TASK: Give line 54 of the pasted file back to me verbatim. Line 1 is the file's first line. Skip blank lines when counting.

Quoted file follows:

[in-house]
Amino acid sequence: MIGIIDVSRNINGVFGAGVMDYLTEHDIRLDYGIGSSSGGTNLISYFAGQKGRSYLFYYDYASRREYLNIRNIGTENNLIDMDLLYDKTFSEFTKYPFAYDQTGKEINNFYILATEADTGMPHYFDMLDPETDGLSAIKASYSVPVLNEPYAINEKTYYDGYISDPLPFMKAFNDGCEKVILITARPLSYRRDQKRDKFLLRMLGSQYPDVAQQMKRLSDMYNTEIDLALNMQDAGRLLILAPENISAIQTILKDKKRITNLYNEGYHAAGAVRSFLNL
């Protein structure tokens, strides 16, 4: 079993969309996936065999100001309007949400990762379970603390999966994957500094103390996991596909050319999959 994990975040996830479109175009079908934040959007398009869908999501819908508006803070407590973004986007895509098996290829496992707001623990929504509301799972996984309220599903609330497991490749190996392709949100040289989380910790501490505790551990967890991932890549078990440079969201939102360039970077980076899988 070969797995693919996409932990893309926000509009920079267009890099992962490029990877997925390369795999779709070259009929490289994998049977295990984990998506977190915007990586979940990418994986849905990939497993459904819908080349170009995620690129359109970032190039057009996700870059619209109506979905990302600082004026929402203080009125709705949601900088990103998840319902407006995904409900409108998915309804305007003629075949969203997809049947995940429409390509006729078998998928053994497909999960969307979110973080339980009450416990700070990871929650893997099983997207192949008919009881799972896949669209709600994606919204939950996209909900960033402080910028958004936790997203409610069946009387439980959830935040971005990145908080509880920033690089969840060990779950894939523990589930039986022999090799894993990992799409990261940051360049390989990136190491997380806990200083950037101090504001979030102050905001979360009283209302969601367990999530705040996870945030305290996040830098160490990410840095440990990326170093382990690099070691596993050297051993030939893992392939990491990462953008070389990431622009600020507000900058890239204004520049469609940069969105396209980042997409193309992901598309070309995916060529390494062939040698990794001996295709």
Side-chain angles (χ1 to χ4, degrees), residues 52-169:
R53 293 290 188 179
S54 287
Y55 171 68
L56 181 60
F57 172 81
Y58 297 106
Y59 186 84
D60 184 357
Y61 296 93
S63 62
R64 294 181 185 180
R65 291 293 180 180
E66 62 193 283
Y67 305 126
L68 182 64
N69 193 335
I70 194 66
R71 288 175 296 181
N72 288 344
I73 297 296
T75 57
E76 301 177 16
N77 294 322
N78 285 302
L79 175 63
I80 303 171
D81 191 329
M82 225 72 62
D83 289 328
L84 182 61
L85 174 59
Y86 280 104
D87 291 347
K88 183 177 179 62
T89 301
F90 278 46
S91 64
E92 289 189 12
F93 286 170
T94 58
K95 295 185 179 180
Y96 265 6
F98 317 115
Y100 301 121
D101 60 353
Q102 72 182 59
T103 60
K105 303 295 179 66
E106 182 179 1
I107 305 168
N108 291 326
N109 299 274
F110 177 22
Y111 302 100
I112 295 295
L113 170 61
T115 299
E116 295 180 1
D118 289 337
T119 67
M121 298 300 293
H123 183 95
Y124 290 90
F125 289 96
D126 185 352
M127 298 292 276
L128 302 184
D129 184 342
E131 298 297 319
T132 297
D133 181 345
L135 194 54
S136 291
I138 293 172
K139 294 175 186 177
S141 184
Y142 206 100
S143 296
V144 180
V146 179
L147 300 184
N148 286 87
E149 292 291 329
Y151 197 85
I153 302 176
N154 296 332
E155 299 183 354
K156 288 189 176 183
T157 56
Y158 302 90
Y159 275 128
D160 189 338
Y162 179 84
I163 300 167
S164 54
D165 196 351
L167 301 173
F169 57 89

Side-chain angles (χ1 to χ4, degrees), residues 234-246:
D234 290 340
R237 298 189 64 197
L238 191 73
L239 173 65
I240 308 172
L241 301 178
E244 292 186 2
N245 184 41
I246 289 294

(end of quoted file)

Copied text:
I107 305 168